WI: What can we expect from you in the future?

New editions of this book that include experiments in workshop processes as well.
A book already drafted that addresses issues that have been overlooked in nature-nurture (genes vs. environment) debates.

WI: Please let readers know where they can connect with you and purchase your books...

Online retailers or direct from publisher at

Thank you so much for chatting with us today.
The Writing Innovations Team

A field-book of tools and processes to help readers in all fields develop as researchers, writers, and agents of change A wide range of tools and processes for research, writing, and collaboration are defined and described-from Governing Question to GOSP, Plus-Delta feedback to Process Review, and Supportive Listening to Sense of Place Map. The tools and processes are linked to three frameworks that lend themselves to adaptation by teachers and other advisors:

  • A set of ten Phases of Research and Engagement, which researchers
    move through and later revisit in light of other people's responses
    to work in progress and what is learned using tools from the other

  • Cycles and Epicycles of Action Research, which emphasizes reflection and dialogue to shape ideas about what action is needed and how to build a constituency to implement the change; and

  • Creative Habits for Synthesis of theory and practice.

Researchers and writers working under these frameworks participate in Dialogue around Written Work and in Making Space for Taking Initiative In and Through Relationships. These processes help researchers and writers align their questions and ideas, aspirations, ability to take or influence action, and relationships with other people. Bringing those dimensions of research and engagement into alignment is the crux of taking yourself seriously. The tools, processes, and frameworks are illustrated through excerpts from two projects: one engaging adult learning communities in using the principles of theater arts to prepare them to create social change; the other involving collaborative play among teachers in curriculum planning. A final section provides entry points for students and educators to explore insights, experiences, and information from a wider world of research, writing, and engagement in change.

Why another book on research and writing? The short answer: the approach presented here is not addressed well elsewhere. Most texts on research lay out the step-by-step decisions starting with
identification of the problem. Or they review the theories and methods involved in various kinds of research. Texts on writing provide guidance and exercises to improve your writing skills. In
contrast, this book presents frameworks and tools to help you become more engaged in research and writing.

Suppose you have a specific question or a general issue that seems worth investigating. Now reflect on your level of engagement with that research. Is it important to you personally? Does the inquiry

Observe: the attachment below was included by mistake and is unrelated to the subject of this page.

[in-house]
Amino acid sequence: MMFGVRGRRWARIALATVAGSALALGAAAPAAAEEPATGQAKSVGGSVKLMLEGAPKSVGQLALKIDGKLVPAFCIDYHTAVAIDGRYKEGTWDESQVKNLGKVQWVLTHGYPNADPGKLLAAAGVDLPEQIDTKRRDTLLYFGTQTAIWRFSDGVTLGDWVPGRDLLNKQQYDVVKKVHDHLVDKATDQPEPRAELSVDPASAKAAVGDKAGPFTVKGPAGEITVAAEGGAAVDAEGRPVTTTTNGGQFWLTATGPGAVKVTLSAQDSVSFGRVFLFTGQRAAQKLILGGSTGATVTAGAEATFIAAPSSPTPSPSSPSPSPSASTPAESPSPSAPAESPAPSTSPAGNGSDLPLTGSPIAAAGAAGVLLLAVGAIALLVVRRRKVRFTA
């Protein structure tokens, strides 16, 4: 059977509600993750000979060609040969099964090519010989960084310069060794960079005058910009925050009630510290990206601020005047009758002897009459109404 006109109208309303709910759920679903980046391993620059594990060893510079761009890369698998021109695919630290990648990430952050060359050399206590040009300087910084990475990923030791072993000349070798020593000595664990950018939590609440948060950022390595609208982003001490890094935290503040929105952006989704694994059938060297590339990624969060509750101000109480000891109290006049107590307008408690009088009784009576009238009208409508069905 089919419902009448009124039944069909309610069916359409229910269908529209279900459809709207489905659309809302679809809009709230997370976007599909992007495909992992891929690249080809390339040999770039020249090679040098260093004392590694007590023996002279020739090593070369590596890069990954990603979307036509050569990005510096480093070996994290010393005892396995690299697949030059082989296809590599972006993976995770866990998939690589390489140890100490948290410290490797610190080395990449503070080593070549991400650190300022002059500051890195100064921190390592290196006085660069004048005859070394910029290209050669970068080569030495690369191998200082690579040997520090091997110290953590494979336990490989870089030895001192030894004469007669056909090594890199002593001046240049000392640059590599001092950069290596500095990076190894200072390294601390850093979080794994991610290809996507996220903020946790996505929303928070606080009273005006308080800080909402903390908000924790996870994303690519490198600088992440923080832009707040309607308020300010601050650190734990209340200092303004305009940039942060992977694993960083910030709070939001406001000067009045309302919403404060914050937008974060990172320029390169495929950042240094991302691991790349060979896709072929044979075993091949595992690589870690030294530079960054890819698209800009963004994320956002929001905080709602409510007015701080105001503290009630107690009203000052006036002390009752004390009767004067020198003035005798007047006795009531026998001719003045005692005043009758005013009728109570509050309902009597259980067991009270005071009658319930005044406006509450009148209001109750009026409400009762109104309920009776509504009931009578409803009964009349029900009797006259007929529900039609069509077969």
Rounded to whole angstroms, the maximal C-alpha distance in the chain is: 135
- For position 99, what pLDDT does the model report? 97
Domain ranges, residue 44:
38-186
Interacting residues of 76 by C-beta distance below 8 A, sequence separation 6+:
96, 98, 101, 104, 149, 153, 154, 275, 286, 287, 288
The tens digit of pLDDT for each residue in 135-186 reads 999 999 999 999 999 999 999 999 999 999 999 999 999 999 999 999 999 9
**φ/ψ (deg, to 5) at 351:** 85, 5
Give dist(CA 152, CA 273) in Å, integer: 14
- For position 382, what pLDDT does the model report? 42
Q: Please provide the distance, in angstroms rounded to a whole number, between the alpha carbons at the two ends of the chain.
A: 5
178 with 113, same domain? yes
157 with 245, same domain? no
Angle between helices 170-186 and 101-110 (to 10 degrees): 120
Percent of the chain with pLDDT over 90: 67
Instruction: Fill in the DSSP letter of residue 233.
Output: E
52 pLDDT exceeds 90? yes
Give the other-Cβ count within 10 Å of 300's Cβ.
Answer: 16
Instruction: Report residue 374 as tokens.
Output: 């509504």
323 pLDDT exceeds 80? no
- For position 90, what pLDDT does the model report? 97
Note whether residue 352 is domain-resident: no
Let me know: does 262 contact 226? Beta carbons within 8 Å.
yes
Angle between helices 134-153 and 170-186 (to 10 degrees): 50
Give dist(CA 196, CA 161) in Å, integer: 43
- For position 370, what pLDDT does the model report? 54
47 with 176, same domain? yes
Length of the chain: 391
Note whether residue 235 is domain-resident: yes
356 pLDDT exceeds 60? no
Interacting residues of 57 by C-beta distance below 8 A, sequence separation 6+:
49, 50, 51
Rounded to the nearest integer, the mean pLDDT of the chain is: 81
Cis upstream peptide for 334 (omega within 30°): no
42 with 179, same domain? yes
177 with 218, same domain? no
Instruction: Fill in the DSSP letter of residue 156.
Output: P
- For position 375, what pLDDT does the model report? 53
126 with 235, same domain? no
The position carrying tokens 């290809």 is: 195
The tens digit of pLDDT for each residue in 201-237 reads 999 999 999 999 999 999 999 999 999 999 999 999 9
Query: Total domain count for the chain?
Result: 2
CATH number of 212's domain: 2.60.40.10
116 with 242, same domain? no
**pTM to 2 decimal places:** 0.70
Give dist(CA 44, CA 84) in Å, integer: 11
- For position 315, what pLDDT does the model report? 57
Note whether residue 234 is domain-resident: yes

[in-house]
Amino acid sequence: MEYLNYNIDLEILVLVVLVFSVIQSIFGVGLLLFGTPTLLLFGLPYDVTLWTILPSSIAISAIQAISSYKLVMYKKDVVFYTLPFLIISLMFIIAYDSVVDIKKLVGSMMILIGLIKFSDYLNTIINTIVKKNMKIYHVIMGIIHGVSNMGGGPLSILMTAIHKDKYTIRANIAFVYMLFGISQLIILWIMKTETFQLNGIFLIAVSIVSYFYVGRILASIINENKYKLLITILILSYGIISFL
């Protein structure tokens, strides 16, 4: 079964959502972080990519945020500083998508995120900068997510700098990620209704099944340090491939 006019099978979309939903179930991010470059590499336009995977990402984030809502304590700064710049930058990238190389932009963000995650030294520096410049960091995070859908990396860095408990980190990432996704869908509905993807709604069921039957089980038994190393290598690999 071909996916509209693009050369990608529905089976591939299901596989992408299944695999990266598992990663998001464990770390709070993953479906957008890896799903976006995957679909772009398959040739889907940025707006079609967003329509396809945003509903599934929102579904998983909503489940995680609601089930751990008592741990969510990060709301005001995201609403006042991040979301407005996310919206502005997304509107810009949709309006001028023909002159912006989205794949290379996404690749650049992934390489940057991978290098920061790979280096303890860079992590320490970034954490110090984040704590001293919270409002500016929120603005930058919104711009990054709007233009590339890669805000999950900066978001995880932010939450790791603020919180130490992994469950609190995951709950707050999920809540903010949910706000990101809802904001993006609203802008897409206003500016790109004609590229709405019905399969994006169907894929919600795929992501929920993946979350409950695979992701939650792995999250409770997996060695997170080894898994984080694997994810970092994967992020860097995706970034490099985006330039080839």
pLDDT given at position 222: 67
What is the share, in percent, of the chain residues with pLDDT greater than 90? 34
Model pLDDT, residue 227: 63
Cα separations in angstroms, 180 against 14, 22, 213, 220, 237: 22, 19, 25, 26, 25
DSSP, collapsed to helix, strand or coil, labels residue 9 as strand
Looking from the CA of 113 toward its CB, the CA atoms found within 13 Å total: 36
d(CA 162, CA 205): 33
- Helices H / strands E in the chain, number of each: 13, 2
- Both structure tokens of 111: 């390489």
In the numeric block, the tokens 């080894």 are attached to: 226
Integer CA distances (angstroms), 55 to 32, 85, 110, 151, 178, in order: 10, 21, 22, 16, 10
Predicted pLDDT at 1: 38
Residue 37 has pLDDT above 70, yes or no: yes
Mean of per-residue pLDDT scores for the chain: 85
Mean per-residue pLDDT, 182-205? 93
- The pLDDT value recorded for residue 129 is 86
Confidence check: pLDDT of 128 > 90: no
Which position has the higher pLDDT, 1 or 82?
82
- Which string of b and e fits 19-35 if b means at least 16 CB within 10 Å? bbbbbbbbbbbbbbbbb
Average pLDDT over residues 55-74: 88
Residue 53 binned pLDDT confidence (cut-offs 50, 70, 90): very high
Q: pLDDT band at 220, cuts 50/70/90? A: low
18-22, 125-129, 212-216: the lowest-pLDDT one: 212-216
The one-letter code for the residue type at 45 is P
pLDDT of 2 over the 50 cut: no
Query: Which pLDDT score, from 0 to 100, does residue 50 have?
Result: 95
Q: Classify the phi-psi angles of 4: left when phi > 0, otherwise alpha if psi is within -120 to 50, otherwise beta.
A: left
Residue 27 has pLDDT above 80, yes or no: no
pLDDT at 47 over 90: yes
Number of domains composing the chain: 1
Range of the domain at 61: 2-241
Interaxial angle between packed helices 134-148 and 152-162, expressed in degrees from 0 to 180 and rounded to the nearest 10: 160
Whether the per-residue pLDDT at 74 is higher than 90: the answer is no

really flow from your own aspirations (as against being directed to meet the expectations of others-advisors, funders, trendsetters in the field)? Will it help you take action to change your work, life,
or wider social arrangements? Will it help you build relationships with others in such action, in pursuing the inquiry effectively, and in communicating the outcomes?

If you've answered yes in each instance, that is good to hear given that these questions are not emphasized in other research and writing texts. If you answered no or maybe not to any of the questions, consider this analogy. For a car engine to move the wheels, the gears need to be engaged with each other. Similarly, for your research and writing to move along well, you need to align your questions and ideas, your aspirations, your ability to take or influence action, and your relationships with other people. These concepts can be shortened to head, heart, hands, and human connections. The
frameworks and tools in this book can help you bring these 4H's into alignment. That is what we mean by engagement and by inviting readers to take yourself seriously.

Follow the Tour HERE.

6 Responses to "VBTC Pit Stop & Interview with Peter Taylor and Jeremy Szteiter - Taking Yourself Seriously"

peter taylor said...

Another kind of virtual book tour:
As well as the cafe tour, Jeremy
and I are also doing a world tour of sorts. We have asked different
people to find 5 or more people and a time they can all be called by us
(using skype). During the hour we introduce a piece of the book for 5
minutes and then run a "dialogue process" where each participant gets to
connect what they hear with their own work (more details here). Today is the first stop (organized from Toronto) -- We may report back here how it works.

peter taylor said...

Here is the link that didn't come through in the first post:

Writing Innovations said...

I'm late to the party, I took part of the day off. Thanks for taking time to chat with me today guys.